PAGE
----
A combination of higher crude prices, lower costs and less competition means the time is right for oil firms to go exploring, a new report said.
Westwood Global Energy Group’s study showed global exploration drilling will increase by 12% this year.
Around 60 high impact wells will be drilled between now and the end of 2018, focusing on the Atlantic margins, Gulf of Mexico and the Caribbean.
Last year, exploration drilling performance was strong with discovered volumes more than double the level achieved in 2016.
Commercial success rates rose to a record high of 47%, Westwood said in its ninth annual State of Exploration Report .
Success rates were driven by near-field drilling in lower risk mature plays onshore Colombia and Australia.
Volumes were boosted by a few large discoveries, primarily in emerging deep water plays such as Guyana and Senegal.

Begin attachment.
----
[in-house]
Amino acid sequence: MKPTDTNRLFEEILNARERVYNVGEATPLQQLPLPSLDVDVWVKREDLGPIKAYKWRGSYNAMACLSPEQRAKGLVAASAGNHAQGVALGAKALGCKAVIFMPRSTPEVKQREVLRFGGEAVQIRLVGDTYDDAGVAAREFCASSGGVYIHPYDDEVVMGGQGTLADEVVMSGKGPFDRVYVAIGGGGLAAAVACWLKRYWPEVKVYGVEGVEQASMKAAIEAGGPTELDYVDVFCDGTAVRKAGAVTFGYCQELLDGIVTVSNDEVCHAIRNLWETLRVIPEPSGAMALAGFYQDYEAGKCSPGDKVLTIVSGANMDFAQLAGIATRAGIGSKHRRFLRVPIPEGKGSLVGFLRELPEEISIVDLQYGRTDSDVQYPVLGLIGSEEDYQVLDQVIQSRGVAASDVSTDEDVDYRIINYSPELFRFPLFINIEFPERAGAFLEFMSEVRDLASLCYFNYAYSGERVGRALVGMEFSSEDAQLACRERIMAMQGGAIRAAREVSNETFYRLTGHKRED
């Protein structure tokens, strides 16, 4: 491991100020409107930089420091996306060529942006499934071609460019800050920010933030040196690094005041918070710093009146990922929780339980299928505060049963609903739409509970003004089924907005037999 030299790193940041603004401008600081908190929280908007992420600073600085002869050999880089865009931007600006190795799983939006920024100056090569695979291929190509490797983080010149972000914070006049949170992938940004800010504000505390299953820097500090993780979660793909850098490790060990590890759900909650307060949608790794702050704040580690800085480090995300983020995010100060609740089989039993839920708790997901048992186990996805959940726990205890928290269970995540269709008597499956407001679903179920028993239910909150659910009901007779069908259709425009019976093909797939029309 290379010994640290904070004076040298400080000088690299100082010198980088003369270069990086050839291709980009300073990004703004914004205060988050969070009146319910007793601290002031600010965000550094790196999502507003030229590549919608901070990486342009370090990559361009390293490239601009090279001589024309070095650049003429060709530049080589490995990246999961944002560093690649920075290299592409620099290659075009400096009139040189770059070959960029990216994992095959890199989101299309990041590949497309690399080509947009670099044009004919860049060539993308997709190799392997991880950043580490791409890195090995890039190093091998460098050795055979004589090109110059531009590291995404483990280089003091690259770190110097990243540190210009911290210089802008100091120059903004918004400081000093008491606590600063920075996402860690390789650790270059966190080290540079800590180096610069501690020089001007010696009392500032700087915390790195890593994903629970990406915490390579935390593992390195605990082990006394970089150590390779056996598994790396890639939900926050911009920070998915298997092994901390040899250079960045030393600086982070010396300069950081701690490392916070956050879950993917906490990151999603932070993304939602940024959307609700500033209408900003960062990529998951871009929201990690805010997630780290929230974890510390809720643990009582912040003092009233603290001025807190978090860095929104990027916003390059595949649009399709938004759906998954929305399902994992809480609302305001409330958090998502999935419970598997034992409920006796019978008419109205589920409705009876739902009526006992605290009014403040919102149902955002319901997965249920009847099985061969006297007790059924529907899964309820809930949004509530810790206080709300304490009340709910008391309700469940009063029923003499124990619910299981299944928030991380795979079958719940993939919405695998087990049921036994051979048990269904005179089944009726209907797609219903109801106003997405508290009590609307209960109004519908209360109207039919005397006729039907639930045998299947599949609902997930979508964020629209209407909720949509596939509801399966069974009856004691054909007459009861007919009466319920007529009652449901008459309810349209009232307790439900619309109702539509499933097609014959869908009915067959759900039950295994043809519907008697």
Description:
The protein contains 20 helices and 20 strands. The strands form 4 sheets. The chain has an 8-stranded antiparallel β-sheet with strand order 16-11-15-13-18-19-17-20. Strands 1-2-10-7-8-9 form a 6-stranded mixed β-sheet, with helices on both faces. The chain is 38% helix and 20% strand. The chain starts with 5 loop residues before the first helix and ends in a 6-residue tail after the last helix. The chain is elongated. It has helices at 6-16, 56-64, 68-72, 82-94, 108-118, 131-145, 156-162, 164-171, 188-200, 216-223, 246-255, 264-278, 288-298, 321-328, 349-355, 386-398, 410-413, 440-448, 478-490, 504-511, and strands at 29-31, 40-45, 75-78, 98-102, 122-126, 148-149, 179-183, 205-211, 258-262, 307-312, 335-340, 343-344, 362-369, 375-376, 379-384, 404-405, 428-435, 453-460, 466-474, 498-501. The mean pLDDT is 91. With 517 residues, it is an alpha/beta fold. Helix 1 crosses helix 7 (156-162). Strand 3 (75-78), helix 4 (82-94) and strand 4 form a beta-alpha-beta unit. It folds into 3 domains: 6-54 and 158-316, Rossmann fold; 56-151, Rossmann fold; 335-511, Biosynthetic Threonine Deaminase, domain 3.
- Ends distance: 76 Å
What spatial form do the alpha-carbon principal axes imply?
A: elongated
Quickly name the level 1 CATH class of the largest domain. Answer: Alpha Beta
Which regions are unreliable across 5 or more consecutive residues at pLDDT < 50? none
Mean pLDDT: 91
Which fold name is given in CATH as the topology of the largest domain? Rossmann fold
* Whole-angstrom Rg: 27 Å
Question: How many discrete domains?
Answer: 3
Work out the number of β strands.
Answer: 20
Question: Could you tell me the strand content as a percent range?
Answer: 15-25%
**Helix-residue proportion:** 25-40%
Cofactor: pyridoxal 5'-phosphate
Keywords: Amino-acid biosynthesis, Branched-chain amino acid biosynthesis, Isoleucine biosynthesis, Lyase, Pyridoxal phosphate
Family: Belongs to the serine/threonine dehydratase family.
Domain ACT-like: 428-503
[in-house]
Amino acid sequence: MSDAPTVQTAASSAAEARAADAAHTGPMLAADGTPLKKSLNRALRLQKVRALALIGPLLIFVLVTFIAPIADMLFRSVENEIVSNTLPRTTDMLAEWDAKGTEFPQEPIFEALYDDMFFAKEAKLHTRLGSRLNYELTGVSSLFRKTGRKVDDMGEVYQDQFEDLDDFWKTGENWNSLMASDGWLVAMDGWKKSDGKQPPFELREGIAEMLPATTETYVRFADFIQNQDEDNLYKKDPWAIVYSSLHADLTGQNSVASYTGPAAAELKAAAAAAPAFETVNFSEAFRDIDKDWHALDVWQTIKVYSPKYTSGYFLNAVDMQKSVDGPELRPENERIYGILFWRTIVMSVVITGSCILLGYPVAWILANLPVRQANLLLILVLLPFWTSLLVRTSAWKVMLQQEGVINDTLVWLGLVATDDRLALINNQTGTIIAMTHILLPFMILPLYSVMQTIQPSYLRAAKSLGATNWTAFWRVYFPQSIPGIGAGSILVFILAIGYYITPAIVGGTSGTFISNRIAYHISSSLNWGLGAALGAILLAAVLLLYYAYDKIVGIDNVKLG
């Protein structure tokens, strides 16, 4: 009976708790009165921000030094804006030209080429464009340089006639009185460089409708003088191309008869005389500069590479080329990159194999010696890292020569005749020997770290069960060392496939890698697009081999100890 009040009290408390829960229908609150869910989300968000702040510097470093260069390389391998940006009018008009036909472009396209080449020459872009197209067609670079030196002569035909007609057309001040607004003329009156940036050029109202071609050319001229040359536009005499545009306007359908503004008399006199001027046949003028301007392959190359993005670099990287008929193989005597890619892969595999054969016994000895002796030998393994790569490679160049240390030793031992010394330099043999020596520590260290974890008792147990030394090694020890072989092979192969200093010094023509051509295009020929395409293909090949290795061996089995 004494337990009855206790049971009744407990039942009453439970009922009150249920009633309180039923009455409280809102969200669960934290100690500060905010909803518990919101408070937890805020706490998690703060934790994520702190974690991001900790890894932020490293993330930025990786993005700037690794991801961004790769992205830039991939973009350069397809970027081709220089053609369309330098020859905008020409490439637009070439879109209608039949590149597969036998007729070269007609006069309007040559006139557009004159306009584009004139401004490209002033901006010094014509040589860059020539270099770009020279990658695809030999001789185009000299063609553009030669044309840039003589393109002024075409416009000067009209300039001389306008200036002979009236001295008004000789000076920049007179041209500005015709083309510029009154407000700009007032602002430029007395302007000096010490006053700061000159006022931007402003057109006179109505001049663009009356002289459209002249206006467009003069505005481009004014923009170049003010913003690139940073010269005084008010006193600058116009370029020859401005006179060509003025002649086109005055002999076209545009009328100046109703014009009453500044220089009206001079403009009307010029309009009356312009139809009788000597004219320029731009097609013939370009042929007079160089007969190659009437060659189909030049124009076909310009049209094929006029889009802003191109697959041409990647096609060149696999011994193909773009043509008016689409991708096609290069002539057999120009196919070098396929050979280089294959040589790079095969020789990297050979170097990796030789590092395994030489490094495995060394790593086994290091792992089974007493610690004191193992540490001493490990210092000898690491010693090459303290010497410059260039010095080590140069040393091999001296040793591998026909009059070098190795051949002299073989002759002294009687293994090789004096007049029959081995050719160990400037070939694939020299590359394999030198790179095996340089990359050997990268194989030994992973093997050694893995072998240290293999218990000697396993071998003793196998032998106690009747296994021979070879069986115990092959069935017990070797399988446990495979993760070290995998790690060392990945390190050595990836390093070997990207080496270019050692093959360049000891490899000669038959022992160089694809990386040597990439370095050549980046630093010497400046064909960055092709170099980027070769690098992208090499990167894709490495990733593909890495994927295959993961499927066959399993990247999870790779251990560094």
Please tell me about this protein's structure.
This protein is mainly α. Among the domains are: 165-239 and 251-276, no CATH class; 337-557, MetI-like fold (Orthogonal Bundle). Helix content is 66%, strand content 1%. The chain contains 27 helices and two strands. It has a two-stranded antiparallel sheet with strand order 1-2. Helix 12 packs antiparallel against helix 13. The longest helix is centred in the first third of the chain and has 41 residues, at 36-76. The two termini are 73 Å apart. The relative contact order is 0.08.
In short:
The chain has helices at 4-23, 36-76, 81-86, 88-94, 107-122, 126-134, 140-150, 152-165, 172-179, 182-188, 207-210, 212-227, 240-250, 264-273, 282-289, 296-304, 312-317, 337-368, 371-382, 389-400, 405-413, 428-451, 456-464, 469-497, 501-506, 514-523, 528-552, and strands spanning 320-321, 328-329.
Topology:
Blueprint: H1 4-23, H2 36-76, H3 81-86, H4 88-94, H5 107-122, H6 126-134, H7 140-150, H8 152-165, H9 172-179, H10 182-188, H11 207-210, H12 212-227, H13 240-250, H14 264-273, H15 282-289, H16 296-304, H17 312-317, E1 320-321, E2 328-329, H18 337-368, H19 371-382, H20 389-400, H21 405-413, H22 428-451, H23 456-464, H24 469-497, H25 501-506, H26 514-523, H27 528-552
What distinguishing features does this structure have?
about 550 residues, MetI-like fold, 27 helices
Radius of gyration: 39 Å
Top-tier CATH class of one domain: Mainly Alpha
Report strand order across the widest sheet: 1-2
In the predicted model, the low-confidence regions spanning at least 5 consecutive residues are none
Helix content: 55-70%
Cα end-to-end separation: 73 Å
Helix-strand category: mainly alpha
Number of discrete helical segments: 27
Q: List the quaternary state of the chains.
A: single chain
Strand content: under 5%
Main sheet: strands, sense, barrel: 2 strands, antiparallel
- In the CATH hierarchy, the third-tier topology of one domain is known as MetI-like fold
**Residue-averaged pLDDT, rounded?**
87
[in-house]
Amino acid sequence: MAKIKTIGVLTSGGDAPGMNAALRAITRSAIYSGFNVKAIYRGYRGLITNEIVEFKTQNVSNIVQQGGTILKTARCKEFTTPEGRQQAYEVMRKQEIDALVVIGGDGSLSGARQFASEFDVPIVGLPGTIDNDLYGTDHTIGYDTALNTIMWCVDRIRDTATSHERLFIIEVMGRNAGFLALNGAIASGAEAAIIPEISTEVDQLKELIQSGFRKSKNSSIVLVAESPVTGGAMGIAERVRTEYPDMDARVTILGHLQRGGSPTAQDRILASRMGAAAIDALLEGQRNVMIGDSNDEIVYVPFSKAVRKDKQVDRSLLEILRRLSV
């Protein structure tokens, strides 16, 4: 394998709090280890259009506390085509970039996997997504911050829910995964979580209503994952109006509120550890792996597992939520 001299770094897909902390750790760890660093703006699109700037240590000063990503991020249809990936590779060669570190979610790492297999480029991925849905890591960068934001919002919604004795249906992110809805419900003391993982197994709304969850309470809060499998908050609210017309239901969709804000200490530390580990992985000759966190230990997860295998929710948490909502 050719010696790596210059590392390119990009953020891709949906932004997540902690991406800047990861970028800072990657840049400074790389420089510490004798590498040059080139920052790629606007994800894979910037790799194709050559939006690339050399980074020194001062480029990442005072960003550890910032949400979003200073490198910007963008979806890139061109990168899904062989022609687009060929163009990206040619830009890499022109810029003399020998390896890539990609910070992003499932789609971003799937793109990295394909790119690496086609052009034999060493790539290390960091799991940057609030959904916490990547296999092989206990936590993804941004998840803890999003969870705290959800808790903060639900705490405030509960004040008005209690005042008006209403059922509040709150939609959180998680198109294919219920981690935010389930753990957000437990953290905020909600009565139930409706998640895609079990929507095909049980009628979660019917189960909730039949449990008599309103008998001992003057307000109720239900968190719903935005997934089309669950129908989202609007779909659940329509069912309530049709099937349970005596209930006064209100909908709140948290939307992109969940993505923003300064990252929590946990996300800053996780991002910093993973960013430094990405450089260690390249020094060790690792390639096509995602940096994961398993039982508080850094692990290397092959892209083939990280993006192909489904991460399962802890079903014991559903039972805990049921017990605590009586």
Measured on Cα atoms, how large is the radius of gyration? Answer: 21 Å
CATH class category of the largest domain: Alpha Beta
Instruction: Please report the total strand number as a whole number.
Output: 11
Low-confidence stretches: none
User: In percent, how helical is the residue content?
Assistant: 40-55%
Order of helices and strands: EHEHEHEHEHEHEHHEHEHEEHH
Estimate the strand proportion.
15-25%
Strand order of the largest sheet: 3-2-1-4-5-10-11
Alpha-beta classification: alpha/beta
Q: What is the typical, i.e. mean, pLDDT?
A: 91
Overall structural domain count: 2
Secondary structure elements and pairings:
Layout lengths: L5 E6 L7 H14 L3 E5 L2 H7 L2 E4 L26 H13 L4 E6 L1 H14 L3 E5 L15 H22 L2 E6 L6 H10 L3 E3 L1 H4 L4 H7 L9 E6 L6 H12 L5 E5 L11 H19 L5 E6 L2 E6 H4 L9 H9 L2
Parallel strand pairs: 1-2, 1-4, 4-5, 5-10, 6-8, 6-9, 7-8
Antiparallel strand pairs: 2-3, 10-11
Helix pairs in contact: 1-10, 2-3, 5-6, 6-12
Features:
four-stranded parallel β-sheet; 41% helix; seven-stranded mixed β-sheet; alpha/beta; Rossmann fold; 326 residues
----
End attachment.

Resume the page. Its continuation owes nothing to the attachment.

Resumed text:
Success in frontier exploration has been elusive and effective high grading of frontier opportunities has not been evident in drilling results.
There was no significant frontier discovery in the 39 attempts since Zohr in mid-2015, with Guyana emerging as the biggest new oil province since the Brazil pre-salt.
Keith Myers, president of research at Westwood Global, said: “With higher oil prices, improving exploration performance, and the cost of exploration falling more than 50% since 2013/14 plus fewer companies competing for acreage it could be argued that there has not been a better time to be exploring in the last decade.”
“But there are challenges too with frontier success rates remaining stubbornly low and new oil plays continuing to be elusive. The focus continues to be on deep and ultra-deep water for high impact discoveries”